This paper introduces the reader to the medieval Hebrew tradition of logic by considering its treatment of Aristotelian syllogistic. Starting in the thirteenth century European Jews translated Arabic and Latin texts into Hebrew and produced commentaries and original compendia.Because they stood culturally and geographically at the cross-roads of two great traditions they were influenced by both.This is clearly seen in the development of syllogistic theory, where the Latin tradition ultimately replaces, though never entirely, its Arabic counterpart.Specific attention is devoted to (...)
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  5. Ambiguities of Scriptural Exegesis: Joseph Ibn Kaspi on God's Foreknowledge.Charles H. Manekin - 2008 - In Charles Harry Manekin & Robert Eisen (eds.), Philosophers and the Jewish Bible. University Press of Maryland.
     
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  6. Comments on Professor Kreisel’s Paper.Charles H. Manekin - 2012 - In Raphael Jospe & Dov Schwartz (eds.), Jewish Philosophy: Perspectives and Retrospectives. Academic Studies Press.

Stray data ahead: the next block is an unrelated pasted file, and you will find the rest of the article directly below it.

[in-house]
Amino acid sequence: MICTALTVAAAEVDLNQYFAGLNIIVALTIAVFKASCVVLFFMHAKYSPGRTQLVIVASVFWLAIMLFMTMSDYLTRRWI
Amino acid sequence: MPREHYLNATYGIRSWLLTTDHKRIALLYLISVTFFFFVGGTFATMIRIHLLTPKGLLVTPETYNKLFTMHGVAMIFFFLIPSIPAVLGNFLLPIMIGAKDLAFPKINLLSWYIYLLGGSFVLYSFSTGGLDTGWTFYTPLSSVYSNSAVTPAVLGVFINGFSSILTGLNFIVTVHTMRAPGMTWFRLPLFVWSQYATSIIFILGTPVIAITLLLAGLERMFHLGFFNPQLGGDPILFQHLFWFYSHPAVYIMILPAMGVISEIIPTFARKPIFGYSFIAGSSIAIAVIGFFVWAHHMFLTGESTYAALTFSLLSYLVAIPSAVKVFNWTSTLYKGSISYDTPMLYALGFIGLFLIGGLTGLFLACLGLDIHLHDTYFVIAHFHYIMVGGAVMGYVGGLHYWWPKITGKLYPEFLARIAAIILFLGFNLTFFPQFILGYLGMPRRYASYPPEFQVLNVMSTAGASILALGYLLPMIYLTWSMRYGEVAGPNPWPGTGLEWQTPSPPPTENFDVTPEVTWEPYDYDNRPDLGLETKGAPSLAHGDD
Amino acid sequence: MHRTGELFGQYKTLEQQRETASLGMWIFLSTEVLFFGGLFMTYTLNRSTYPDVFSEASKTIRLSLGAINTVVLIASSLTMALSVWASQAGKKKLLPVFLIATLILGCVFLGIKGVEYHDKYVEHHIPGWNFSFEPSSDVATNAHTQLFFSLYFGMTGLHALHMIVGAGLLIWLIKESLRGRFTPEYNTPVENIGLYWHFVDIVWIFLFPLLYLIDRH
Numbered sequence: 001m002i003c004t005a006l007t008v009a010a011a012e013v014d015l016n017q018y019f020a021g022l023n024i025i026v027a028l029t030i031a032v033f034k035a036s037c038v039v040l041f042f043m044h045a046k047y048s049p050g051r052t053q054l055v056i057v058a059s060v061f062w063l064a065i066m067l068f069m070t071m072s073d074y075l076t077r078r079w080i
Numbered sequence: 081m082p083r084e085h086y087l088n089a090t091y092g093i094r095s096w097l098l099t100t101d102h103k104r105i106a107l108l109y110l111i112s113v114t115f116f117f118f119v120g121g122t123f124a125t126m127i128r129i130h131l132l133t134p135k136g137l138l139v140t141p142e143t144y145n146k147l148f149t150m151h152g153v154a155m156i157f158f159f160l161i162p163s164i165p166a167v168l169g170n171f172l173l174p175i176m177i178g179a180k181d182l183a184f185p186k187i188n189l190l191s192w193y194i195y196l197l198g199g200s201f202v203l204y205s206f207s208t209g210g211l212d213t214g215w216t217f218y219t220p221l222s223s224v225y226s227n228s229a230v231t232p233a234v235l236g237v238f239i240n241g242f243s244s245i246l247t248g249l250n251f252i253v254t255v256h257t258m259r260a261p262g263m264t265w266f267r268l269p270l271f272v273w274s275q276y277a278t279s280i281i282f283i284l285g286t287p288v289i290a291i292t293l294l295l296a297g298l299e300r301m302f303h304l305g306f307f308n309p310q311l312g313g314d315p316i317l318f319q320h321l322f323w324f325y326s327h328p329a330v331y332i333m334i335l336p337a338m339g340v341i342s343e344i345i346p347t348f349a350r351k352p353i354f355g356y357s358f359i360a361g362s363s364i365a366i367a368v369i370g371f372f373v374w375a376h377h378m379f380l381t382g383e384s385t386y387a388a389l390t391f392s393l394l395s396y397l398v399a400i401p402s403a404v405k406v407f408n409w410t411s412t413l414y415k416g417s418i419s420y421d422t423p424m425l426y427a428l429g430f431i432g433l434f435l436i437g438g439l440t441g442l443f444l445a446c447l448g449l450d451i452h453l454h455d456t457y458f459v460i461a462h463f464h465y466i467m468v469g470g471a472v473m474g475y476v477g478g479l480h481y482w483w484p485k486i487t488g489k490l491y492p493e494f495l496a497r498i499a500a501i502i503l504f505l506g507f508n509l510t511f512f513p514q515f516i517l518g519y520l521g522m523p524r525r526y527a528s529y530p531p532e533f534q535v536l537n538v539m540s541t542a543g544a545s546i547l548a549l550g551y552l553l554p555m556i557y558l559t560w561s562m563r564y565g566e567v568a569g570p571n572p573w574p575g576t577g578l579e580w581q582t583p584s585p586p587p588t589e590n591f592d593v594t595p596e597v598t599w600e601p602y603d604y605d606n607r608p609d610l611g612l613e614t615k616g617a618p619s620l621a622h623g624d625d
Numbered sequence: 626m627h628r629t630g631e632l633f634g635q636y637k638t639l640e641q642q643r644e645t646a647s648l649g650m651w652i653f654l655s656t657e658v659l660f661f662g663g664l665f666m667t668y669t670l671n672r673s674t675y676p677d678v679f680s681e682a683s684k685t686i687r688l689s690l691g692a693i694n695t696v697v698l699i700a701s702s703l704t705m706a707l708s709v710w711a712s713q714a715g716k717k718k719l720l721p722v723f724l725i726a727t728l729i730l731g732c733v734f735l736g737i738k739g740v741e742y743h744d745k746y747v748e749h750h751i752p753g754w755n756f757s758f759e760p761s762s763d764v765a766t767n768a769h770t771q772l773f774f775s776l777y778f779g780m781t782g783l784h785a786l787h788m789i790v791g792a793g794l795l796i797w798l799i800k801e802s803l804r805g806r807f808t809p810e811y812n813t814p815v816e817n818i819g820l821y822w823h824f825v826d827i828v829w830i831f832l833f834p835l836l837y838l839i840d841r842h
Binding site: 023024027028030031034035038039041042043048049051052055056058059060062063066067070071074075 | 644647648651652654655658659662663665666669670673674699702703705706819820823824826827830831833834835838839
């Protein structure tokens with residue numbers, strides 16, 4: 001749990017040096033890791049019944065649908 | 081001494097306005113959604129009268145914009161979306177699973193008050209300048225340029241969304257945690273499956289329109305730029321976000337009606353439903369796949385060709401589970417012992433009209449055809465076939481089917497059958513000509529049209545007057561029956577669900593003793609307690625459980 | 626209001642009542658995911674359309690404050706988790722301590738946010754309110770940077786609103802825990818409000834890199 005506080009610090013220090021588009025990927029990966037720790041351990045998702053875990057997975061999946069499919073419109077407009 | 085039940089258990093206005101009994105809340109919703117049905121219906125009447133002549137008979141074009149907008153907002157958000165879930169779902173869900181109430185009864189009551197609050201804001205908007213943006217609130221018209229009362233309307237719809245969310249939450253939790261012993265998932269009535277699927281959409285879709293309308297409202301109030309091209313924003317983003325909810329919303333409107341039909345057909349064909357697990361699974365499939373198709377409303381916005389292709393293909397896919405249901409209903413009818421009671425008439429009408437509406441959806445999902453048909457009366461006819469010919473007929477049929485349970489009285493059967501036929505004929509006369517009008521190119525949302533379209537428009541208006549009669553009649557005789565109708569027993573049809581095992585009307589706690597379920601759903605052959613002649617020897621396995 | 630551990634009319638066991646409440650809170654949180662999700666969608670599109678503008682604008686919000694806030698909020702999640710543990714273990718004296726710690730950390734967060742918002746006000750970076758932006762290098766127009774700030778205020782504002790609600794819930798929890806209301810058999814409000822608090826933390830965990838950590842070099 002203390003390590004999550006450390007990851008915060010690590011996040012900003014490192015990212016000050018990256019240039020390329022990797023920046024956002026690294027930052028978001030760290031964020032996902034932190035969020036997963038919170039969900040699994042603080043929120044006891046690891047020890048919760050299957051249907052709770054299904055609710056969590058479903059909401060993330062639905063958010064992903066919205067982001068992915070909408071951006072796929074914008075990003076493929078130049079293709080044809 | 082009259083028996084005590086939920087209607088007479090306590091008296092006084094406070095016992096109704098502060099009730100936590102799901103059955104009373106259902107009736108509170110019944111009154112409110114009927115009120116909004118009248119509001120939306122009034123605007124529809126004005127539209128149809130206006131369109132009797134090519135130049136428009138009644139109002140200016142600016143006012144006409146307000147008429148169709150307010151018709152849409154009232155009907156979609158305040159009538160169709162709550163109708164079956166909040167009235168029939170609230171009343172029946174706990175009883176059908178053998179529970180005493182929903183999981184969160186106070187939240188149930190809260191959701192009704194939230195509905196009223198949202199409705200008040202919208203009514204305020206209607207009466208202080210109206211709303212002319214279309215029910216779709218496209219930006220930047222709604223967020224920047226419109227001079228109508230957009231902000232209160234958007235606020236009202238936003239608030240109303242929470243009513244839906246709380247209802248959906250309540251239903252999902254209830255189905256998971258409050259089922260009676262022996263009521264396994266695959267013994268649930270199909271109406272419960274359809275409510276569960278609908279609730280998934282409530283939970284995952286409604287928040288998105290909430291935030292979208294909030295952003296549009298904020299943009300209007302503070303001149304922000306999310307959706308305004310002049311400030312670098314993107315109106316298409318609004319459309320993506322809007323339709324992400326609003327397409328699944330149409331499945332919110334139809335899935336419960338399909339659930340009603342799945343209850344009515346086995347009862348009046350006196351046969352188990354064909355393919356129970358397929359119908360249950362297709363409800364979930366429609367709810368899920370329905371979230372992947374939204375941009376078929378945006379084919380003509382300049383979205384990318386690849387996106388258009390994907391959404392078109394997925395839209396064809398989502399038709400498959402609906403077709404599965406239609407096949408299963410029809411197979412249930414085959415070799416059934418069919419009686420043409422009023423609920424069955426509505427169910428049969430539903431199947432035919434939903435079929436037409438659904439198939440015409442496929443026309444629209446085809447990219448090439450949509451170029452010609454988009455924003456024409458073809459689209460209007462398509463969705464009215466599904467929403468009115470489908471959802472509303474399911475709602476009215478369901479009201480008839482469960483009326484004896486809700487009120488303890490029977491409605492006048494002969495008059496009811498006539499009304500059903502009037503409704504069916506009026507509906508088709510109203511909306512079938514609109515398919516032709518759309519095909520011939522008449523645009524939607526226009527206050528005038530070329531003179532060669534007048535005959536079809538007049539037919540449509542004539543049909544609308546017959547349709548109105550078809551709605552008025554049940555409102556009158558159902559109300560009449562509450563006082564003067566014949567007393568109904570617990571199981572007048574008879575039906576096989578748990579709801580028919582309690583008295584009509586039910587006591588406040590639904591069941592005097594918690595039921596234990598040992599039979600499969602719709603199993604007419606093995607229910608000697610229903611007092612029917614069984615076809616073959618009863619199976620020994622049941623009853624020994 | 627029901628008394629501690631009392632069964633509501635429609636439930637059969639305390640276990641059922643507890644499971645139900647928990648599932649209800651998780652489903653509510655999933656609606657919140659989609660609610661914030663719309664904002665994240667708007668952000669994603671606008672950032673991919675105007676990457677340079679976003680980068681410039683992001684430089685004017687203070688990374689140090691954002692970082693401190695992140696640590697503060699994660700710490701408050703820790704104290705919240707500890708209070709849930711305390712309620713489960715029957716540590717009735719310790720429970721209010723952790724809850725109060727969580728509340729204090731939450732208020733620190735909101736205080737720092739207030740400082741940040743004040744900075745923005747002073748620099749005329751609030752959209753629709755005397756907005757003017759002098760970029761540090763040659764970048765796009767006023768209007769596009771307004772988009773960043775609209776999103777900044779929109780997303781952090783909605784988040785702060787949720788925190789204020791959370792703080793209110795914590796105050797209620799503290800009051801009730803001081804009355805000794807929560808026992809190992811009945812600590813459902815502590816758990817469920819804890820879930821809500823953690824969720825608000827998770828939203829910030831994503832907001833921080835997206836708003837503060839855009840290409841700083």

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  7. Conservative Tendencies in Gersonides' Religious Philosophy.Charles Manekin - 2003 - In Daniel H. Frank & Oliver Leaman (eds.), The Cambridge Companion to Medieval Jewish Philosophy. Cambridge University Press. pp. 304.
     
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  8.  13
    Die Intellektlehre des Levi Ben Gerson in Ihrer Beziehung Zur Christlichen Scholastik. [REVIEW]Charles H. Manekin - 1994 - Speculum 69 (2):535-537.
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  9. Freedom and Moral Responsibility: General and Jewish Perspectives.Charles Harry Manekin & Menachem Marc Kellner (eds.) - 1997 - University Press of Maryland.
     
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  10. Interpreting Maimonides: Critical Essays.Charles H. Manekin & Daniel Davies (eds.) - 1900 - Cambridge University Press.